It is a primary object of the present invention to provide improved capsules in which tissue specimens can be processed and embedded at maximum efficiency and without cross-contamination from one sample to another. It is a further object of the invention to manufacture such capsules inexpensively and to provide the capsules in a convenient form to the technician. It is a further object of the invention to provide a storage system for the prepared and embedded specimens.
The invention provides a capsule for processing and embedding tissue specimens. The capsule includes a pair of frames, each defining an interior opening. The frames have complementary inner frame faces, and interfitting means for snapping the frames together, establishing peripheral contact between the complementary faces. Spread across each frame opening outward of its interior face is a web of porous material, and when the frames are snapped together, a tissue-containing region is defined between the webs. The porous material webs access processing liquids and liquified embedding material to the tissue-containing region but prevent escape of tissue particles. Subsequent to processing and embedding, the tissue sample is transferred to a casting mold having a lower depression and an upper portion adapted to receive the emptied capsule. Additional liquified embedding material is poured into the mold, filling the depression and the interior region of the capsule, thereby casting a block which includes the capsule serving as the base of the block and an outwardly protruding, specimen-containing block portion that was formed in the depression. The base is insertable in a microtome chuck with the embedded specimen exposed to a microtome blade.
Capsules are inexpensively manufactured in a press having a pair of molding blocks that are reciprocal in and out of contact with each other and which, when brought together, define frame forming cavities. With the blocks spread apart, an elongated web of porous material is advanced between the blocks. After the blocks are brought together, sandwiching a segment of the web between the blocks, a molten thermoplastic is injected to fill the cavities, impregnating those portions of the web within the cavities. When the plastic solidifies to form the frames, the web is affixed by the plastic to the frame. The extended web, on which the frames are molded, can be coiled into a dispensing package from which a technician can cut or tear one pair of complementary frames at a time.
To aid in preserving the cast specimens, a drawer-cabinet arrangement is provided in which a broad top-loading drawer, having guides for receiving the capsule bases of the cast blocks, fits into an individual cabinet. The cabinets have notches along their top and bottom edges for receiving clip locks, whereby the individual cabinets can be locked together in a stack for long-term storage, occupying only the storage space actually required.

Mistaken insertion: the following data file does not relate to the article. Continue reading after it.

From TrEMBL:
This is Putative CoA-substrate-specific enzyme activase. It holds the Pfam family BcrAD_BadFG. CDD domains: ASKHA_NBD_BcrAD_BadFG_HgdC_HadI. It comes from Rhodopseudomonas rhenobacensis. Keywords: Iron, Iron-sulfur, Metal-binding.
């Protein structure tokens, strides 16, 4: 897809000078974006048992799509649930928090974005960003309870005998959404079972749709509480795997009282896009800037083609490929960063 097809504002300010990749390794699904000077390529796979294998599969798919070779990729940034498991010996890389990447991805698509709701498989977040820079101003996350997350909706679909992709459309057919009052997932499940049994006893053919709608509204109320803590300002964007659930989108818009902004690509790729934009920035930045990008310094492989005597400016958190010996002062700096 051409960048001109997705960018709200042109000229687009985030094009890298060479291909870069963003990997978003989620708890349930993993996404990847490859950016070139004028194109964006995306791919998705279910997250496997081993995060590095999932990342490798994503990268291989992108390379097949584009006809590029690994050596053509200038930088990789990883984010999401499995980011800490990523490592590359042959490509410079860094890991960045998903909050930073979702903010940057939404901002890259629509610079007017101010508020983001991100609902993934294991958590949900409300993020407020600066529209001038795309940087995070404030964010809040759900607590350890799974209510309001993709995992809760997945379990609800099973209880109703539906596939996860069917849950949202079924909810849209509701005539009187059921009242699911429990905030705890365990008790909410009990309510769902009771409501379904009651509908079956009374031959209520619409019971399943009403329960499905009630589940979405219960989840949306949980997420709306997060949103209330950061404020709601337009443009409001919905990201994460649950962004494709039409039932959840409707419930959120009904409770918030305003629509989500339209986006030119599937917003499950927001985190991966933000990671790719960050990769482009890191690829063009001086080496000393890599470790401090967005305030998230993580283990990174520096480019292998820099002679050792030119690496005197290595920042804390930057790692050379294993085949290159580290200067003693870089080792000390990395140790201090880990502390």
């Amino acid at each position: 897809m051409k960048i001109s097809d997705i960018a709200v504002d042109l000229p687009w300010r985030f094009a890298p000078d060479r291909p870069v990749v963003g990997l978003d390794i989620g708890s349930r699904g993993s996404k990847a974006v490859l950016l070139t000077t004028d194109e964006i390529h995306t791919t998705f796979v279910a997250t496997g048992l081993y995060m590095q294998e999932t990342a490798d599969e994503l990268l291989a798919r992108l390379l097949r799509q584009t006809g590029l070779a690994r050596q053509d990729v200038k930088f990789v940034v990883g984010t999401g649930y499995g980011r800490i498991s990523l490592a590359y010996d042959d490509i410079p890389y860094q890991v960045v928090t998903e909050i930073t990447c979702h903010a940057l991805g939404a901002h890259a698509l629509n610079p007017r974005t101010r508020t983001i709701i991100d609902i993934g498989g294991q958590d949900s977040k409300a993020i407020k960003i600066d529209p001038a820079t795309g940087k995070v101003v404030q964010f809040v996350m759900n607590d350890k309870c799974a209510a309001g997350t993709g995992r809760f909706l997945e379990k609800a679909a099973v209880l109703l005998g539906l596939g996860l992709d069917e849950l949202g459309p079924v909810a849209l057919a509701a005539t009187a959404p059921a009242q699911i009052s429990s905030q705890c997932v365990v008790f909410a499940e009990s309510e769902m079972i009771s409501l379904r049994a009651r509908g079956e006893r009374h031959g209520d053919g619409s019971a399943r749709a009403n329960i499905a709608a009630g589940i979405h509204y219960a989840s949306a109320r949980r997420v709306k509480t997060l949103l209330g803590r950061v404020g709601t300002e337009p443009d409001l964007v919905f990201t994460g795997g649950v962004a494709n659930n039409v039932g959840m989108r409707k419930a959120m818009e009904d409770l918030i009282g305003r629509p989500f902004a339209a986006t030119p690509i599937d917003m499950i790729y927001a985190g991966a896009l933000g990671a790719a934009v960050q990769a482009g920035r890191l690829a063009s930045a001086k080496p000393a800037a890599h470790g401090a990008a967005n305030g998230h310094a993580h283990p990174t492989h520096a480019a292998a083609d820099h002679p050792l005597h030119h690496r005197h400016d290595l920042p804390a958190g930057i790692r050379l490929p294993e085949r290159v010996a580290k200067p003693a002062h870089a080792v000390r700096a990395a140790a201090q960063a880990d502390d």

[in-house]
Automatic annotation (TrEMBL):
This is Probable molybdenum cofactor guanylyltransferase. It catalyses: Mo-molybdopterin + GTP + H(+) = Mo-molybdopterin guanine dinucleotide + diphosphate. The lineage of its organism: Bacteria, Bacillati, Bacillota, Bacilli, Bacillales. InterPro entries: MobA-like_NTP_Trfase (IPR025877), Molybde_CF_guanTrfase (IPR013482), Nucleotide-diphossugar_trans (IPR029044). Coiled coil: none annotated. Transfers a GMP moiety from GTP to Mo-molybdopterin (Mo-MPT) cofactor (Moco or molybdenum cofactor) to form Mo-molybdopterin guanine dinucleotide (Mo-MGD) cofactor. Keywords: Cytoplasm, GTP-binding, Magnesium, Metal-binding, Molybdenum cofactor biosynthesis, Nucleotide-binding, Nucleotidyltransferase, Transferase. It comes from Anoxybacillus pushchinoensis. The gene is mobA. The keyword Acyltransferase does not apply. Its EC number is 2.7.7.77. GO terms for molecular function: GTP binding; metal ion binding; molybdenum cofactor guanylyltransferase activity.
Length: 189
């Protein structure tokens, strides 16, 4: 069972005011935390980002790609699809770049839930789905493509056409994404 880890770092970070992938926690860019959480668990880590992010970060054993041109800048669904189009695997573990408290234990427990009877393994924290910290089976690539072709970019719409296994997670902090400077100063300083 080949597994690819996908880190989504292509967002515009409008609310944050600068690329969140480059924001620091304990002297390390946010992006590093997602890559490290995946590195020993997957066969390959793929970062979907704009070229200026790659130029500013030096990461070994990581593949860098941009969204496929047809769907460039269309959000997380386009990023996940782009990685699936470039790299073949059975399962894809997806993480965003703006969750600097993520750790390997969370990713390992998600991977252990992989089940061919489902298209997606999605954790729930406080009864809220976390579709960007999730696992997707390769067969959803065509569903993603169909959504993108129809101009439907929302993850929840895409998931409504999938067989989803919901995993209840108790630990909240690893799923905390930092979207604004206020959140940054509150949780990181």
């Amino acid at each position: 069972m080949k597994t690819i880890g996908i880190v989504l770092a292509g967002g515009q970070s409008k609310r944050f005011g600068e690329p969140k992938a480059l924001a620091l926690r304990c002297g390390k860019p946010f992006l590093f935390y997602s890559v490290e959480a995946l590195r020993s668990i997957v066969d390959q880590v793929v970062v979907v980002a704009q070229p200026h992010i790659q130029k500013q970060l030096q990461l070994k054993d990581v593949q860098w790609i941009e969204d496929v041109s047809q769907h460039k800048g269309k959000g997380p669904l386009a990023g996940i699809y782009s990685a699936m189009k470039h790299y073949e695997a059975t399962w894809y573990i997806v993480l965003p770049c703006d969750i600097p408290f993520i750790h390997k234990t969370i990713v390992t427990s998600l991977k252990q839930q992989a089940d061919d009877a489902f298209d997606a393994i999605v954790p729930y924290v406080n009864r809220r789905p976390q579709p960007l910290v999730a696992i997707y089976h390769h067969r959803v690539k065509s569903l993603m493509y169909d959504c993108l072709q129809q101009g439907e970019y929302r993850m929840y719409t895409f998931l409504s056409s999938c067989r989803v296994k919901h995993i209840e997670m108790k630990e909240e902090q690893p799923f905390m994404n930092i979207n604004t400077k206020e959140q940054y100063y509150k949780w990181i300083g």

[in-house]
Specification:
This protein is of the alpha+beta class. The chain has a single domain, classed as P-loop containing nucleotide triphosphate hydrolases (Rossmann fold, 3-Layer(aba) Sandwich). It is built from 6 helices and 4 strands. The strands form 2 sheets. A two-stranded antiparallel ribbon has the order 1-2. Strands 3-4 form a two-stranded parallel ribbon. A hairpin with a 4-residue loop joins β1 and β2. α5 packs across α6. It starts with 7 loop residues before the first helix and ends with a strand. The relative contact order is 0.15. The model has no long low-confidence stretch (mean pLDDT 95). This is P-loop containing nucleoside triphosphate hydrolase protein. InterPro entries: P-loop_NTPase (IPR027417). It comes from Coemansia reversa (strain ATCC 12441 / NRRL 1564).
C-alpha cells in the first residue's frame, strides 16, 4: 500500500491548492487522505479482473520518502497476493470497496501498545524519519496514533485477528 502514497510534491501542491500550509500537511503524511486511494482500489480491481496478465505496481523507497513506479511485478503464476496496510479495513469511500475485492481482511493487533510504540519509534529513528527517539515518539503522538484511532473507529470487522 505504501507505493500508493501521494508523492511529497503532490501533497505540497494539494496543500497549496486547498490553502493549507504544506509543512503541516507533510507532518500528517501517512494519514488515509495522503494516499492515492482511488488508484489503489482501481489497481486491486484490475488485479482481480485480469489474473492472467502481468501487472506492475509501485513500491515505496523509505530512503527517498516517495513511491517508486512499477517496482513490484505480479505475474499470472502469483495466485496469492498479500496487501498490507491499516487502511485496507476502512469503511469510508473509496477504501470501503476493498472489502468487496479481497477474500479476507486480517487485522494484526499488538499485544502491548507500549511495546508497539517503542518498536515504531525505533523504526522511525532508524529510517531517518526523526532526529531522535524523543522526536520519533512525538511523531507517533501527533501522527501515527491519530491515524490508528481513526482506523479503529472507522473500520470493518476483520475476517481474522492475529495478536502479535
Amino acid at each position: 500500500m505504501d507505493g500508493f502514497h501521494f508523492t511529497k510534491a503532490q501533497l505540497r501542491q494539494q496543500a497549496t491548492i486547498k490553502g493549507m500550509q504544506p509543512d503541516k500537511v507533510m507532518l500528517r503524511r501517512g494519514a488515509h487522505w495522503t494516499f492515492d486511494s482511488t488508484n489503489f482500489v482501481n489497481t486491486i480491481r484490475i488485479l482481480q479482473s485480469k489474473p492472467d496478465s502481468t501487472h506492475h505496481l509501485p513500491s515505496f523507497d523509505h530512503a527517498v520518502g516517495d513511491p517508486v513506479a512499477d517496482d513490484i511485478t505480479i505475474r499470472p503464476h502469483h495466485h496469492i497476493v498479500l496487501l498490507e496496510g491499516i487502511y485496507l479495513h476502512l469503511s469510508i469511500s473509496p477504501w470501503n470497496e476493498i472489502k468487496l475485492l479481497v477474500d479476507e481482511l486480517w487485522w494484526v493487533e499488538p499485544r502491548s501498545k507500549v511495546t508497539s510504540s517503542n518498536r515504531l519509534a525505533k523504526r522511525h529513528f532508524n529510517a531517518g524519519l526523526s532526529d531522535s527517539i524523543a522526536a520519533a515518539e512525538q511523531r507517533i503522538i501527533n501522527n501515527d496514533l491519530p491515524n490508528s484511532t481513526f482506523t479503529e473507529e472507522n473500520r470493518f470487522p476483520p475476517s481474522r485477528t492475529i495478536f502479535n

FIG. 1 is a plan view of a tissue capsule laid out showing adjacent bottom and top frames, embodying various features of the present invention.
FIG. 2 is a side elevation view of a closed capsule of FIG. 1 with the top disposed over the bottom.
FIG. 3 is a cross-sectional view taken along line 3--3 of FIG. 2.
FIG. 4 is a perspective view of a pair of molded plastic frames shown in spaced relation without the associated webs of porous material.
FIGS. 5a-5i illustrate steps of a tissue preparation specimen process performed using the tissue capsule of FIG. 1 from tissue capsule dispensing to microtome slicing of a tissue specimen-containing cast block, FIGS. 5(e) and 5(g)-(i) being on a separate sheet.
FIG. 6 is a diagrammatic view of apparatus used for manufacturing the tissue capsules of FIG. 1.
FIG. 7 is a perspective view of a tissue-containing cast block storage system, embodying various features of the present invention.
The invention provides a simple, inexpensively manufactured capsule 10 for holding a tissue specimen 12 as it is processed with various liquids and impregnated with a liquified embedding material. The capsule 10 subsequently fits over a mold 14 (FIG. 5e) to which the processed tissue specimen is removed, and liquified embedding material is poured into the mold to cast a tissue-containing block 16 (FIG. 5h) of which the capsule 10 serves as a base. The capsule base can then be placed in a microtome chuck 15 (FIG. 5i) so that the tissue-containing block 16 can be sliced.
The capsule 10 includes a pair of frames 18a, 18b, each having an inner face 21 and an outer face 23 and defining a large central opening 19. Each frame 18a and 18b has a web of porous material 22 spread across its opening 19 across its outer face 23, and the frames have means 20 for interlocking together to place their inner faces 21 in contact so that a tissue-holding interior region 24 (FIG. 3) is defined between the webs of porous material. The porous material 22 provides access to the interior region 24 to permit tissue processing liquids and liquified embedding material to enter the interior region 24 but retains the tissue specimen 12, including small particles (floaters) which may dissociate from the specimen.